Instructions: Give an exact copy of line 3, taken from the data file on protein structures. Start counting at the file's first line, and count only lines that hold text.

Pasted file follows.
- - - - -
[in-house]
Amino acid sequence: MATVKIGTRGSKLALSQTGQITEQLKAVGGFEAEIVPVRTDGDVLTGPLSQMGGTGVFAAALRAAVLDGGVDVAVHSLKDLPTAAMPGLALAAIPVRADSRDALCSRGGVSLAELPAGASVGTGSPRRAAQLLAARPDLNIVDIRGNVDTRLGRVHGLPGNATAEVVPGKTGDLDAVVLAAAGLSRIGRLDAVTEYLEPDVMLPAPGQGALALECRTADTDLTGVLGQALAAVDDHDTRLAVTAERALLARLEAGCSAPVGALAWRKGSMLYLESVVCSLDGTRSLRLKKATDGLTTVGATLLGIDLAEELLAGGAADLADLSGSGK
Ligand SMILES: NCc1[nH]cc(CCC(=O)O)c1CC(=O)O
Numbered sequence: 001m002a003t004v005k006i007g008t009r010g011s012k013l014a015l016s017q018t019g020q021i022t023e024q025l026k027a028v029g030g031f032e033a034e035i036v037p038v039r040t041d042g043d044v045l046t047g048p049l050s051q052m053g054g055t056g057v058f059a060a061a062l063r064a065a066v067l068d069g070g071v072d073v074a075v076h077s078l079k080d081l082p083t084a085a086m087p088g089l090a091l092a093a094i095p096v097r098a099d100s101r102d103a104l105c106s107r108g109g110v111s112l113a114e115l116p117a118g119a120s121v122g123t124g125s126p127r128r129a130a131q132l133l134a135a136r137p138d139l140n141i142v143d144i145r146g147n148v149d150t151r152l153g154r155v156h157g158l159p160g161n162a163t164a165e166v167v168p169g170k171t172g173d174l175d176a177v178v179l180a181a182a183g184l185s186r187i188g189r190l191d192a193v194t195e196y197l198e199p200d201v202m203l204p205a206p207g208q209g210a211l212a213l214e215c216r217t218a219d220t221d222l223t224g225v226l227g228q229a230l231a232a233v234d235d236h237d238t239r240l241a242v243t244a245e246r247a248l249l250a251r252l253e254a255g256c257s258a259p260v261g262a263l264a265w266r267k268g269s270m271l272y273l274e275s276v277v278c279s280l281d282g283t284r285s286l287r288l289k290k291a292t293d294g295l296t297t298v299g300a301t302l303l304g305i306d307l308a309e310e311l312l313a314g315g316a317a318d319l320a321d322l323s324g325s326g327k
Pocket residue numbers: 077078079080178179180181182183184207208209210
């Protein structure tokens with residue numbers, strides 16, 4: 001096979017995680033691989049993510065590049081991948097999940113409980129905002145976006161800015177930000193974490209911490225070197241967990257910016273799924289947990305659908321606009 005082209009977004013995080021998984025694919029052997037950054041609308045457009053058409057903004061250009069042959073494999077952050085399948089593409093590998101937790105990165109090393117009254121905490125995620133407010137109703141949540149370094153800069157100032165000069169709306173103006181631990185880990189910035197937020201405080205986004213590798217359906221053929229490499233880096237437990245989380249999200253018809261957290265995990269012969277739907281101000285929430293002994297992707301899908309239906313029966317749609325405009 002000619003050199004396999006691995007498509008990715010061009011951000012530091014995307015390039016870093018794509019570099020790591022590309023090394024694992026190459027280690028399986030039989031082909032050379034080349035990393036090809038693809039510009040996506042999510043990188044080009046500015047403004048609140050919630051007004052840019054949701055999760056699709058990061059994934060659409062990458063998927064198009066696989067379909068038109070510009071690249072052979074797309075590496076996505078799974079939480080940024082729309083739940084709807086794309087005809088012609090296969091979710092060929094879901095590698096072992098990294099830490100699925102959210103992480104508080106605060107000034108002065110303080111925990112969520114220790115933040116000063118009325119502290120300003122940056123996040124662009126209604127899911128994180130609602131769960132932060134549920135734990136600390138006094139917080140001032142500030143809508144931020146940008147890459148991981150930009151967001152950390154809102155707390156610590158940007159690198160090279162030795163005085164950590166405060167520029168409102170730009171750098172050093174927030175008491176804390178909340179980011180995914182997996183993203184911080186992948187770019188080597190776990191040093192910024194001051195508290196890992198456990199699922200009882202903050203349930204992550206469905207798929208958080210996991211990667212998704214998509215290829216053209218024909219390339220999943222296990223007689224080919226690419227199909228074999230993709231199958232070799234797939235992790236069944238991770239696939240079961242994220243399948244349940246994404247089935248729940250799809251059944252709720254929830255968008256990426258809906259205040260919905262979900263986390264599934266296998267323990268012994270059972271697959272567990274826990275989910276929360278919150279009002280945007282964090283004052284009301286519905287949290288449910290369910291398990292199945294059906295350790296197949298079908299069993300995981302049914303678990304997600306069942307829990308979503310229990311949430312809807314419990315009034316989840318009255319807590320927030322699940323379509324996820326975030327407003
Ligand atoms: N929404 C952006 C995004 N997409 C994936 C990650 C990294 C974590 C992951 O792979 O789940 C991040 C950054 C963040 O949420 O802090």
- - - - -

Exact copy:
Ligand SMILES: NCc1[nH]cc(CCC(=O)O)c1CC(=O)O